I have had multiple conversations with diplomats and military officials in Washington DC and all have said the same thing: the situation for Ukraine is depressing, Russia has the upper hand and prospects for Kyiv, without more weapons, are bleak.

The Ukrainians have been running low on all weapons types, even small arms – bullets for their soldiers’ rifles.

Before the House of Representatives approved the $60.8bn aid package on Saturday, it had been more than 480 days since Congress last passed a bill allowing for American weapons to be sent to Ukraine.

There was a White House budgetary fudge earlier this year which freed up some more cash from an existing bill and allowed for some more weapons to be sent. But it wasn’t enough.

Read more of Mark Stone’s analysis here.

Bill will ‘further ruin’ Ukraine, Russia warns

Moscow said the passage of the bill would “further ruin” Ukraine and result in more deaths.

Kremlin spokesman Dmitry Peskov told the TASS news agency a provision allowing Washington to confiscate seized Russian assets and transfer them to Ukraine for reconstruction would tarnish the image of the US.

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Major Russian strike on Ukraine kills eight

‘Ukraine can and will win’

UK Foreign Secretary Lord Cameron said the funding was “a vital step forward”.

“If Putin ever doubted the West’s resolve to back Ukraine, this shows our collective will is undimmed,” he tweeted.

“With support, Ukraine can and will win.”

But Donald Trump ally Marjorie Taylor Greene, a Republican representative who has opposed helping Ukraine in its war against Russia, said “people have been too obsessed with voting for foreign wars and the war industry”.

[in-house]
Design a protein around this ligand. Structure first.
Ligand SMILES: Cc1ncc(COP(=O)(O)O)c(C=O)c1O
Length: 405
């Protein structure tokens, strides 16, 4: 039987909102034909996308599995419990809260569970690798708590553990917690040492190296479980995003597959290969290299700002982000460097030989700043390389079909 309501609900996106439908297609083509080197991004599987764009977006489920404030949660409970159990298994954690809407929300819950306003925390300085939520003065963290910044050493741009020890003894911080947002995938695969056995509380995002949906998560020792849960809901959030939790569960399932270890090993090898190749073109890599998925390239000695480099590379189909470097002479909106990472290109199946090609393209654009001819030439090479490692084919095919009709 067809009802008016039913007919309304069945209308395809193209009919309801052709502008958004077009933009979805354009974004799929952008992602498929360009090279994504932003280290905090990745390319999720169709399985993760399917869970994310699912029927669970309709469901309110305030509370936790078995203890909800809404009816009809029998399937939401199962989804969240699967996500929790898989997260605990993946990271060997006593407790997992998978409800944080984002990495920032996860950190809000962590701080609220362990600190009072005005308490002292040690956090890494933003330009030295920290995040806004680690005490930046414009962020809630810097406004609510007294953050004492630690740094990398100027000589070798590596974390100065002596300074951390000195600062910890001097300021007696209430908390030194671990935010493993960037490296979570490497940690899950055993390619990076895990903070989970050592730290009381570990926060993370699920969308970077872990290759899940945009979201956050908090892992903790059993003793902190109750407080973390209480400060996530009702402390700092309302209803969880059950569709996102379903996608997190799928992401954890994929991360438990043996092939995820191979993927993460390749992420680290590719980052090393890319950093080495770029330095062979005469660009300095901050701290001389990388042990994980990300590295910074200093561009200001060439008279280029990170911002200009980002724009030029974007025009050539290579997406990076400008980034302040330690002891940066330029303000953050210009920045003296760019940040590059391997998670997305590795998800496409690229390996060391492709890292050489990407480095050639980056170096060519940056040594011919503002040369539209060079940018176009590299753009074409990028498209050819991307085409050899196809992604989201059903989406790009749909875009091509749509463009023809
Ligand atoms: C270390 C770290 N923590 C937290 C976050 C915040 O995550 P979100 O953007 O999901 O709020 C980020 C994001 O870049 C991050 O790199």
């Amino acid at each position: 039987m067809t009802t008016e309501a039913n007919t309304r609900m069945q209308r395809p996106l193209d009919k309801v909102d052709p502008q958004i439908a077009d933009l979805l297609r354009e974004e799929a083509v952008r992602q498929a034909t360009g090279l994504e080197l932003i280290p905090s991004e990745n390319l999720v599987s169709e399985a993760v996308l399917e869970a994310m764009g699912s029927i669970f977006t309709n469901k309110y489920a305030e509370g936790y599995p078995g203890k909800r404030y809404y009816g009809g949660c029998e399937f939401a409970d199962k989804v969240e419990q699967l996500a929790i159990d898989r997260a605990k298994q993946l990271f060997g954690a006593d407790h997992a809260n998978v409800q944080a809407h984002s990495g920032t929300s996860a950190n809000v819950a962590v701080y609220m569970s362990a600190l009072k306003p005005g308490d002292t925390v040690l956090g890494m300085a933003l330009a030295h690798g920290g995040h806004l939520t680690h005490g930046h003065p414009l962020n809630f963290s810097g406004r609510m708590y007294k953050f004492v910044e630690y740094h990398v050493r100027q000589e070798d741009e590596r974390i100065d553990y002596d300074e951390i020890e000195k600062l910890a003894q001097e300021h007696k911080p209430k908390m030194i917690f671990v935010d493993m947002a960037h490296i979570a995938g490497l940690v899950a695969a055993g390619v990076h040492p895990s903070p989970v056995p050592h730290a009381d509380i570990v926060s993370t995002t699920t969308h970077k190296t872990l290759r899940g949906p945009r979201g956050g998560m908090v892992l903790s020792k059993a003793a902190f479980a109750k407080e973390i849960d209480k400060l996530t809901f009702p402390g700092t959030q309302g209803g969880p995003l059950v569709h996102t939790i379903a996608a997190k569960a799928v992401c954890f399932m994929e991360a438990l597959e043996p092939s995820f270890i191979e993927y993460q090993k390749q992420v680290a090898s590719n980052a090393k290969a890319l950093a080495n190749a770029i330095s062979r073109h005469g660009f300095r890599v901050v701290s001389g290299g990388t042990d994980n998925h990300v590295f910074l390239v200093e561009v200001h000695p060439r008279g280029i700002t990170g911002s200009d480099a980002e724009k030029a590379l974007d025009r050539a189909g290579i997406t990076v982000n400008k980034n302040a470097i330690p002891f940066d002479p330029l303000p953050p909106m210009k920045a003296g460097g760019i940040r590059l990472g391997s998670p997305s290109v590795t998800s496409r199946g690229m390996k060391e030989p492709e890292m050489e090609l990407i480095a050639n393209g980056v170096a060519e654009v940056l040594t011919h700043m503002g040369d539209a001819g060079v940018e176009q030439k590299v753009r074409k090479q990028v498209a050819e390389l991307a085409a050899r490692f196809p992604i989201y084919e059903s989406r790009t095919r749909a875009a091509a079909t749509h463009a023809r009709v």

Speaking after the vote passed, she said: “This is the sellout of America today. When we had members of Congress in there waving the Ukrainian flag on the United States House of Representatives floor, while we’re doing nothing to secure our border, I think every American is going to be furious.”

Mr Biden first requested the funding in October, as Ukraine’s military supplies began to dwindle.

In February, Mr Zelenskyy urged Congress to pass the funding, saying if it did not “it will leave me wondering what world we are living in”.

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Iran foreign minister downplays Israeli attack and says drones used ‘like children’s toys’

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Iran foreign minister downplays Israeli attack and says drones used 'like children's toys'

Iran has said Israeli involvement in Friday’s attack is still to be established and dismissed the drones used as like children’s toys.

Foreign minister Hossein Amir-Abdollahian claimed they took off from within Iran and only flew a few hundred metres before being shot down.

Israel hasn’t commented but is widely believed to be behind the strike targeting an airbase and nuclear site near Isfahan.

Middle East latest: Worshippers in Tehran chant ‘death to Israel’